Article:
Real as all these obstacles are, there’s an even bigger problem with applying sanctions in a case like this: They rarely succeed in getting countries to change their behavior.

Past experience and social-science research show that cuts to aid and other forms of financial punishment only move the needle in a very small set of cases: When the target country is so weak, poor, and lacking in other forms of revenue that it can’t survive without the aid, and when the donor and recipient state are tightly bound together by multiple economic and other ties. Examples of such cases include South Korea and the Philippines back in the days when both were ruled by authoritarians highly reliant on U.S. support.

Russia and Myanmar don’t fit this model (although Haiti might). After all, the Tatmadaw and Putin and his cronies are already under U.S. sanctions, and the fact that they nonetheless moved to stage a coup (Myanmar) and suppress public protests (both Myanmar and Russia) shows how little U.S. pressure factored into their either’s calculations.

This doesn’t mean the Biden administration was wrong to move against Myanmar the way it did this week. Such gestures, if a little hollow, can still do several positive things: signal U.S. support for key values; remind other strongmen that Washington won’t ignore their abuses; and bolster the courage of local populations fighting for their rights by reminding them that the United States is in their corner.

But given the limited concrete effect sanctions are likely to have, perhaps the best thing Washington could do to help right now would be to focus on restoring its own terribly tattered reputation and perceived commitment to democracy, human rights, and the rule of law. Condemning malefactors and imposing sanctions can be part of that. But given the almost universal skepticism felt around the world about America’s democratic bona fides these days—and extensive academic studies showing that reputation and credibility really do make a difference, especially in a world were conventional military might matters less and less—the most important thing the United States could do would be to ensure that former U.S. President Donald Trump’s impeachment trial succeeds, at least to the extent that political reality allows.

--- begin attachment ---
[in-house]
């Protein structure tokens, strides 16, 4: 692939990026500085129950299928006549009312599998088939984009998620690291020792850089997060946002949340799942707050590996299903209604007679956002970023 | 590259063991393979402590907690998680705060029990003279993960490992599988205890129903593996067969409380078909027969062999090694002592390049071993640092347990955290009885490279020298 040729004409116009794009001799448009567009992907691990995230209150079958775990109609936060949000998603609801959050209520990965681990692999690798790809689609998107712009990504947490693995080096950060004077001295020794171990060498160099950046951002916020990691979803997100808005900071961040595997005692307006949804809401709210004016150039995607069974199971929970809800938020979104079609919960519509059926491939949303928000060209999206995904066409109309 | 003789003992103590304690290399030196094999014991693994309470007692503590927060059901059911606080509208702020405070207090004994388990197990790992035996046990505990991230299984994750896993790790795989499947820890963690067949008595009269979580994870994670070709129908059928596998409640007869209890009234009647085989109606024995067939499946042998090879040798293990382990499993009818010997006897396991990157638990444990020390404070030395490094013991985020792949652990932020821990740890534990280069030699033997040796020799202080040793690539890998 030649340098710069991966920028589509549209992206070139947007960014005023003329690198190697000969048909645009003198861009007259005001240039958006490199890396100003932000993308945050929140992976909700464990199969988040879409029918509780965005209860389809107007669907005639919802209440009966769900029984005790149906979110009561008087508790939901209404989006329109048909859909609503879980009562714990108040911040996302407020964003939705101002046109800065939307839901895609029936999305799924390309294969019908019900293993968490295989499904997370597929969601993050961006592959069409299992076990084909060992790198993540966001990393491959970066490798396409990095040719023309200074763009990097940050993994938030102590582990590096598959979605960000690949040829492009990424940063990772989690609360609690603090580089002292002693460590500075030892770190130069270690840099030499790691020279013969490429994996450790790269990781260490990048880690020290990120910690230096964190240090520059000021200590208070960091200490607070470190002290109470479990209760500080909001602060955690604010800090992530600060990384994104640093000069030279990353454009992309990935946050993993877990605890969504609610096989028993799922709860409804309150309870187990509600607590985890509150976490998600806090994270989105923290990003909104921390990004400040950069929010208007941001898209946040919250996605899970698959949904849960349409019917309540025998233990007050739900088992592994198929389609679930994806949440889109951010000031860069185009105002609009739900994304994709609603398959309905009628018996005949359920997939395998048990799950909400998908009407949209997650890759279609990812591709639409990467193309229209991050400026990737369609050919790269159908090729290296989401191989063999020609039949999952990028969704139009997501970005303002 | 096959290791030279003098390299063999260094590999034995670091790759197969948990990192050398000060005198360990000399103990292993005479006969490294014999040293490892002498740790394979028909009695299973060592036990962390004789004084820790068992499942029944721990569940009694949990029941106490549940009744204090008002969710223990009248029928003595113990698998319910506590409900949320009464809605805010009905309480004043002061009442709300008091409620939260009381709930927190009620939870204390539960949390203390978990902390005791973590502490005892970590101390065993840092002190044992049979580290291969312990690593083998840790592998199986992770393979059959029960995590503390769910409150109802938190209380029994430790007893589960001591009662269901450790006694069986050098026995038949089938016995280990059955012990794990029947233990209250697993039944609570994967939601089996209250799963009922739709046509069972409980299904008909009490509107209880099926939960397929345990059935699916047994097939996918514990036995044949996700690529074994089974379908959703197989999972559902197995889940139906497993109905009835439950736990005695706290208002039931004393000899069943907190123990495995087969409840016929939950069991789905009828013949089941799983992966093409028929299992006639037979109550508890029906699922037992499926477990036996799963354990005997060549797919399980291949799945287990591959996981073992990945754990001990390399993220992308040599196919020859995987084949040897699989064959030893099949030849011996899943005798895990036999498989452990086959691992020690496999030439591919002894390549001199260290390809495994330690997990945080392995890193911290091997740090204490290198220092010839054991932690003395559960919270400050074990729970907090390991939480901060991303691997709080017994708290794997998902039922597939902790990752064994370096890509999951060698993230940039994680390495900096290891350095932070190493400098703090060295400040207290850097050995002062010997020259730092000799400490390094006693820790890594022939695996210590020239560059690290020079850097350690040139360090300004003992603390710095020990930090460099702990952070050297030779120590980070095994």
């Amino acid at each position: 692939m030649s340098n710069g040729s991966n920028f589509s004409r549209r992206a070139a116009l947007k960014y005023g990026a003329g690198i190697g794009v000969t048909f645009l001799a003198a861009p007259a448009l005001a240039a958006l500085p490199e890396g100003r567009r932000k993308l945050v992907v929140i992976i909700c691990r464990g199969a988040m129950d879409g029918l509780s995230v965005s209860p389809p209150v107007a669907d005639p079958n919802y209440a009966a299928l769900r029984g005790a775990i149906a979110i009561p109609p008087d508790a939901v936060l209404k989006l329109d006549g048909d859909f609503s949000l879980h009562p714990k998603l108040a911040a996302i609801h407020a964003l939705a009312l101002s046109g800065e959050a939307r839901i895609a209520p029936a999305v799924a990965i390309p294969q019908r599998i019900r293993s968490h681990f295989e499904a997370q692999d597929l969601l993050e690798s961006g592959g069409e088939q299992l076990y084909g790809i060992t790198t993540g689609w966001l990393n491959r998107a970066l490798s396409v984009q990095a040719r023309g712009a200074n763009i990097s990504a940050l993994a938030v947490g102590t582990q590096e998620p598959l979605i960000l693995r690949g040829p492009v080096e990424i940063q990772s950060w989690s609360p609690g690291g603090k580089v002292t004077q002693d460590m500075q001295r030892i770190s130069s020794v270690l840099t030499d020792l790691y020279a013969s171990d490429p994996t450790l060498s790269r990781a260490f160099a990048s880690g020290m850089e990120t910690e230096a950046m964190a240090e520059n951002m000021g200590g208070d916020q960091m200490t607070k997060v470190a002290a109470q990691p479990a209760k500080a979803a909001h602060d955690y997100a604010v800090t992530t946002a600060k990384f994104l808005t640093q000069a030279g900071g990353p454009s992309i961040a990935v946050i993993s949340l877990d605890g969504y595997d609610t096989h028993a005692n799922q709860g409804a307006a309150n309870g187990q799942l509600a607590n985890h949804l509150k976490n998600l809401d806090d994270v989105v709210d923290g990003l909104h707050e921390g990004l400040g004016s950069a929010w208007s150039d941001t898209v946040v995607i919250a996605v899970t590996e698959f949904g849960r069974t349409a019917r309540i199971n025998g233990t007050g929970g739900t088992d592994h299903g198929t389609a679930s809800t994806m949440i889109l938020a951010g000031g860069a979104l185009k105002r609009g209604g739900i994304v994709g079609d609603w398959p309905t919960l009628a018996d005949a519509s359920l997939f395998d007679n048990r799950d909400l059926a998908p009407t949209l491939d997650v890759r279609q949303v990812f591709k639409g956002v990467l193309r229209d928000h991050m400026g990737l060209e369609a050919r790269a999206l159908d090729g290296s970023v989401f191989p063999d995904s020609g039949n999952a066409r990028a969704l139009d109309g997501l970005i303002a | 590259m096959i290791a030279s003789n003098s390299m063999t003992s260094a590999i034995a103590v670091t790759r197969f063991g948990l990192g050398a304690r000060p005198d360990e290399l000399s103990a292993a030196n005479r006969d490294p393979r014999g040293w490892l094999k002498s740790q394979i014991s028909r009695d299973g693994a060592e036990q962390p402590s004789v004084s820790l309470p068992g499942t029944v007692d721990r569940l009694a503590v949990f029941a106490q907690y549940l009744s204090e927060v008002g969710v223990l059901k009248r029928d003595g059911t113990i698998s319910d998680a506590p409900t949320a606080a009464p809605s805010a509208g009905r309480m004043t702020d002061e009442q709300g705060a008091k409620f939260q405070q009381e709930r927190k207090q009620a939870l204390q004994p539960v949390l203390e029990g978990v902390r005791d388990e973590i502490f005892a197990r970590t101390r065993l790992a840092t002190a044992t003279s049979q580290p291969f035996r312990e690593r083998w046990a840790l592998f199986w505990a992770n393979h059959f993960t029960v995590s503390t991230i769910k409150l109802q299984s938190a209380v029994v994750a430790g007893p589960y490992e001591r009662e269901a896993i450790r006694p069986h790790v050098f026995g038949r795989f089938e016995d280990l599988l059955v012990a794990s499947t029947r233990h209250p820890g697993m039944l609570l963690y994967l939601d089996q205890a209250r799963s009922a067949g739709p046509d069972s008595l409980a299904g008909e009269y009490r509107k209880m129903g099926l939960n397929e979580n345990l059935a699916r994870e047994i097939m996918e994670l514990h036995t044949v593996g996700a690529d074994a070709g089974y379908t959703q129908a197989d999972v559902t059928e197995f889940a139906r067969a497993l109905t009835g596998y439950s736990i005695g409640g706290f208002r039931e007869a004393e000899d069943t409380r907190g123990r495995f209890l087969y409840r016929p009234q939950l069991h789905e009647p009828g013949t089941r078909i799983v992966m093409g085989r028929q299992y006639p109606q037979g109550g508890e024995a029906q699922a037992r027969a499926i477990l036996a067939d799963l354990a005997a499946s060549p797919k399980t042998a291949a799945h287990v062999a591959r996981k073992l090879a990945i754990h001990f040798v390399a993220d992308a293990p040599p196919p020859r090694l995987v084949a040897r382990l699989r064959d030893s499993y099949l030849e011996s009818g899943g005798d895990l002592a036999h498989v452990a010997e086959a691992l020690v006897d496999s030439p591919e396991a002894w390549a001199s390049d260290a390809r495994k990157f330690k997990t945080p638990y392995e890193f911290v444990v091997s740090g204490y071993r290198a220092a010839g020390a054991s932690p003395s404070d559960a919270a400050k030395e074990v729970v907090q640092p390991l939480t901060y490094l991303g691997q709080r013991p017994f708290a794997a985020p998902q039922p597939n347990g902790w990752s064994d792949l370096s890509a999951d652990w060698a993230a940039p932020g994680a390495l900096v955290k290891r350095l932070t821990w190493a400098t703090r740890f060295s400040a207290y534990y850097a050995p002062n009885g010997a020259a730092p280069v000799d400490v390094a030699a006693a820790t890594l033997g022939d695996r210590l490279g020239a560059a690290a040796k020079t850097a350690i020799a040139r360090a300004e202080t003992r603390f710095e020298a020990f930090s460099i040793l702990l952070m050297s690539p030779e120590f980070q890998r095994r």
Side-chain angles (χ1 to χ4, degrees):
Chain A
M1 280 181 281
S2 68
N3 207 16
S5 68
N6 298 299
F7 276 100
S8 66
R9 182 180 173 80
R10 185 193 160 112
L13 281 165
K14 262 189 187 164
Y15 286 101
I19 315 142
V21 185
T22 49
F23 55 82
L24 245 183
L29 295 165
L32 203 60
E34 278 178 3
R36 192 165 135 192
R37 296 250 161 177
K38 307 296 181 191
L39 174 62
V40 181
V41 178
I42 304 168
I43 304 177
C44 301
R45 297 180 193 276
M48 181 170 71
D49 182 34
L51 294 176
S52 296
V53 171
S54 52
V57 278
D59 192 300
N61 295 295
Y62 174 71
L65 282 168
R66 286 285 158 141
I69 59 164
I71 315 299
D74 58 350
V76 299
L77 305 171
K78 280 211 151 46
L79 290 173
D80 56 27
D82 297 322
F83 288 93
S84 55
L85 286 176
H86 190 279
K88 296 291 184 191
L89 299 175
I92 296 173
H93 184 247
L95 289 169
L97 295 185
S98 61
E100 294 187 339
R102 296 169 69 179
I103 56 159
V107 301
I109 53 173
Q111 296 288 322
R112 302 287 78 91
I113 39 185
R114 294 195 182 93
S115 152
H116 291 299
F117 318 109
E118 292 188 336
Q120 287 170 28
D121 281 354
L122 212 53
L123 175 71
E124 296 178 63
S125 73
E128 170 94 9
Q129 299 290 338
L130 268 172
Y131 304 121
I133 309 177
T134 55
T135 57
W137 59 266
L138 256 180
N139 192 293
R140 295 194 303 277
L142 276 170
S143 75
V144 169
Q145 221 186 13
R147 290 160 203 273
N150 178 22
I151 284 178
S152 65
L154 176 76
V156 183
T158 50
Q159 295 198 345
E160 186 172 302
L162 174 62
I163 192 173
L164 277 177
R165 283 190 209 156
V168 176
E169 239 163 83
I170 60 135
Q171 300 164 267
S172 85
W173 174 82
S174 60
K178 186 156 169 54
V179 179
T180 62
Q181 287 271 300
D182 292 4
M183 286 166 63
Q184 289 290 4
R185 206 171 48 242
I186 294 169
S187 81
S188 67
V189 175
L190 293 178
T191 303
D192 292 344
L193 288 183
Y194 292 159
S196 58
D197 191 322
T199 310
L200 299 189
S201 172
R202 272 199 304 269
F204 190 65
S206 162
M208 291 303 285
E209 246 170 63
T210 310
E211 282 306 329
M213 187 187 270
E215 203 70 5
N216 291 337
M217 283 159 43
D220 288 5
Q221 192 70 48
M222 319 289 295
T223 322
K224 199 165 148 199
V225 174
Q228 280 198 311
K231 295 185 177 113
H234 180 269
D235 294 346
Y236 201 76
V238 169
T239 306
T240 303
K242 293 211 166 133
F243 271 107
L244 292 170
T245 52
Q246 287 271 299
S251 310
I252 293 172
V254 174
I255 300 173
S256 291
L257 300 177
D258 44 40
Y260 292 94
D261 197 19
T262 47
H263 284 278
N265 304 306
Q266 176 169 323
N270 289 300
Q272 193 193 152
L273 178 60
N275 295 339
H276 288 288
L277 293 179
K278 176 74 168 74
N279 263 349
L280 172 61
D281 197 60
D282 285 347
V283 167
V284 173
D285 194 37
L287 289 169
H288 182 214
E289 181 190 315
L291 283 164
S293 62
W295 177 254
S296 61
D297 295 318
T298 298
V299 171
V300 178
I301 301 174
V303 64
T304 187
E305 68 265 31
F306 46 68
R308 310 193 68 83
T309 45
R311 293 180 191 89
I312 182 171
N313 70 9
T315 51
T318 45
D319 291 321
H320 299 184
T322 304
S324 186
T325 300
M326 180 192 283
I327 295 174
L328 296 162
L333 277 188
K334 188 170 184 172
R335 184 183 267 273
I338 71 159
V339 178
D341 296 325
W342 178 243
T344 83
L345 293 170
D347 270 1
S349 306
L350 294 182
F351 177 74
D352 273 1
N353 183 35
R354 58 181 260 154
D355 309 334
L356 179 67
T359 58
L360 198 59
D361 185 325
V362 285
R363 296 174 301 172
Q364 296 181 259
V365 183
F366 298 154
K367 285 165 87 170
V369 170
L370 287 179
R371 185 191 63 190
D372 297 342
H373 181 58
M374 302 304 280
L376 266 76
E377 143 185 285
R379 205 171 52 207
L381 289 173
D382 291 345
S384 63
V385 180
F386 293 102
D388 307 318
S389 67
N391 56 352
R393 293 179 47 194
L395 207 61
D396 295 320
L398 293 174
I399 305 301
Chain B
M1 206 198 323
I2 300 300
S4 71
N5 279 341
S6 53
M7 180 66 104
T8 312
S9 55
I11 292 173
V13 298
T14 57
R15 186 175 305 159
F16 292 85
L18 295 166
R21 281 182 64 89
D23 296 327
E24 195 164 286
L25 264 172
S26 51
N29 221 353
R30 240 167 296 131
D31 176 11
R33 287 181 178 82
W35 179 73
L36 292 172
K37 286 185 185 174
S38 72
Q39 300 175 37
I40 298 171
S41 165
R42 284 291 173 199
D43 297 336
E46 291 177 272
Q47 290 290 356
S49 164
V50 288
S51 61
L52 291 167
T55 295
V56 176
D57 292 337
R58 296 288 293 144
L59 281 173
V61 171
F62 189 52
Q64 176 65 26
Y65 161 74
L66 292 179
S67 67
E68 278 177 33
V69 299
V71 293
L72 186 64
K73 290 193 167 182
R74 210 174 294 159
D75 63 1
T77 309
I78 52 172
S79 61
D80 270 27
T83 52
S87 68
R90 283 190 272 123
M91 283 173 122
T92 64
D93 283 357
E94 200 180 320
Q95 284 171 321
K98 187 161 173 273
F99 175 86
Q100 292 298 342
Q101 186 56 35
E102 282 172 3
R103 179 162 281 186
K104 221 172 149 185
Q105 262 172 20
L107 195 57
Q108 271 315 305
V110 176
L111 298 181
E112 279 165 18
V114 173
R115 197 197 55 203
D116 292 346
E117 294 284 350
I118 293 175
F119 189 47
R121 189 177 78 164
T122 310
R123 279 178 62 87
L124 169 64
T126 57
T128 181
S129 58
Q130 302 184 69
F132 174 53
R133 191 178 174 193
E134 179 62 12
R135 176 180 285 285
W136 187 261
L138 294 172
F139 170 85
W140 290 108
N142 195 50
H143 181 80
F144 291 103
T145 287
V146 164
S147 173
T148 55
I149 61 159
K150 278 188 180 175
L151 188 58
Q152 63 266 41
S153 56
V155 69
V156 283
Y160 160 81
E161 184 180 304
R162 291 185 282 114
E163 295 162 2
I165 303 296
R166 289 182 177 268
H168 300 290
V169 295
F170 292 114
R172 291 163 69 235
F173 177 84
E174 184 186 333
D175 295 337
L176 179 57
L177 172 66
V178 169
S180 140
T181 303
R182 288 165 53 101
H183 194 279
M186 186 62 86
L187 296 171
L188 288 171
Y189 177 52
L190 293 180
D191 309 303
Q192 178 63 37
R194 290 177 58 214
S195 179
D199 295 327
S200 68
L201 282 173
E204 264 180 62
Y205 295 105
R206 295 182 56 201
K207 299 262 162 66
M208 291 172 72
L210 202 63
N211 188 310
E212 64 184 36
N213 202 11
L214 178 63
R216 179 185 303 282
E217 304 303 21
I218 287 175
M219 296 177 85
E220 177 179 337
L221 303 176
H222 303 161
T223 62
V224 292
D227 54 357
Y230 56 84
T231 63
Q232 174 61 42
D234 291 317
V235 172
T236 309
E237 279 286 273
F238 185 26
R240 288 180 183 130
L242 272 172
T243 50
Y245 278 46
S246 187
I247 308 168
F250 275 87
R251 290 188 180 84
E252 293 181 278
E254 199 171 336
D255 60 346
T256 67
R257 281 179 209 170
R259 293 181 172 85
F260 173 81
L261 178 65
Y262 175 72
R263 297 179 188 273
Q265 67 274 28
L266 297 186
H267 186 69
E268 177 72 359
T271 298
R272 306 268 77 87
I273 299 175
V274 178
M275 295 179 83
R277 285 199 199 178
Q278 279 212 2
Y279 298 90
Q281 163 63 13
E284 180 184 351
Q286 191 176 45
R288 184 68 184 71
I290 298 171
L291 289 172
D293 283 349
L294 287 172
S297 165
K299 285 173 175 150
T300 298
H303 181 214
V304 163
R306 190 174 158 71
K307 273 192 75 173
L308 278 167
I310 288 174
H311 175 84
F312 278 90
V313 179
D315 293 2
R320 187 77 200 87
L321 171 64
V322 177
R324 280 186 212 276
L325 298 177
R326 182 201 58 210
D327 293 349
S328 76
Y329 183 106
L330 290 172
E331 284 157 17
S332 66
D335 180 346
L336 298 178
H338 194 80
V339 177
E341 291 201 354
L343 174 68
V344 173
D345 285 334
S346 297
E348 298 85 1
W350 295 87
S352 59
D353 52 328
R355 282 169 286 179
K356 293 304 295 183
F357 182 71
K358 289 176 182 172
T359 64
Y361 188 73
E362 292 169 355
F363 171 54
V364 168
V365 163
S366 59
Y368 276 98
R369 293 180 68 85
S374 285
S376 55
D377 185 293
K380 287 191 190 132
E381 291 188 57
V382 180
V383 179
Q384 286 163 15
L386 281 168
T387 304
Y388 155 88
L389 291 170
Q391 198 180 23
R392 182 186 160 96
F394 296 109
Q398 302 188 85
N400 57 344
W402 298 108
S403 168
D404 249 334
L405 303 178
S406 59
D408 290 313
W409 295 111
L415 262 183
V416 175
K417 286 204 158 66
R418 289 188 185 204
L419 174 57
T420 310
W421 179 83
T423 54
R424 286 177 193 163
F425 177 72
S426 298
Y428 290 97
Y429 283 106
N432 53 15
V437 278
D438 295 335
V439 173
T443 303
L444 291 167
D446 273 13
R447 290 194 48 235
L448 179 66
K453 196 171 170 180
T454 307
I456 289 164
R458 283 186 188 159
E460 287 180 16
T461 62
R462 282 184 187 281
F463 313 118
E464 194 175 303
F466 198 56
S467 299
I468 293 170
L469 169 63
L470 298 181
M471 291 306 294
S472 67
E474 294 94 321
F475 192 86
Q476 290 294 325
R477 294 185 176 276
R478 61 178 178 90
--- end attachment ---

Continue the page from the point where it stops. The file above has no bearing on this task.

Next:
In an ideal world, the Senate would convict Trump of inciting the Jan. 6 insurrection and bar him from ever holding office again. Of course, given the pusillanimity of most Senate Republicans, that outcome looks unlikely—in which case ensuring the trial still appears fair and rigorous should be the next priority.

Success would pay off in several ways. First, it would undermine authoritarians’ favorite comeback to American criticism these days: that the United States is a hypocrite with no leg to stand on. Second, it would restore the country’s status as a role model for struggling or aspiring democracies—making good on Biden’s pledge to lead “not just with the example of our power but also with the power of our example.” Third, and related, it would make U.S. allies more likely to rally to Washington’s side.

Whatever the outcome of Senate’s final vote, then, the key point is that what’s happening in Congress right now shouldn’t be seen as a sideshow distracting Washington from more important foreign-policy priorities. On the contrary: Publicly reestablishing the United States’ commitment to the rule of law, and the idea that no one is above it, is key to restoring its standing—the essential foundation for anything Washington hopes to accomplish internationally in the days and months ahead.

Prioritizing this effort above specific interventions in countries around the world now struggling with oppression might seem callous—but only if you believe that those interventions would be otherwise effective. Tough as it is to acknowledge, the record shows that they probably wouldn’t be—especially now, when America’s standing is so low. If the Biden administration really wants to help Haiti, Myanmar, Russia, and others—and all signs suggest it does—it must focus on fixing the United States first. Everything else will flow from that.

Jonathan Tepperman is a former editor in chief of Foreign Policy and the author of The Fix: How Countries Use Crises to Solve the World’s Worst Problems. Twitter: @j_tepperman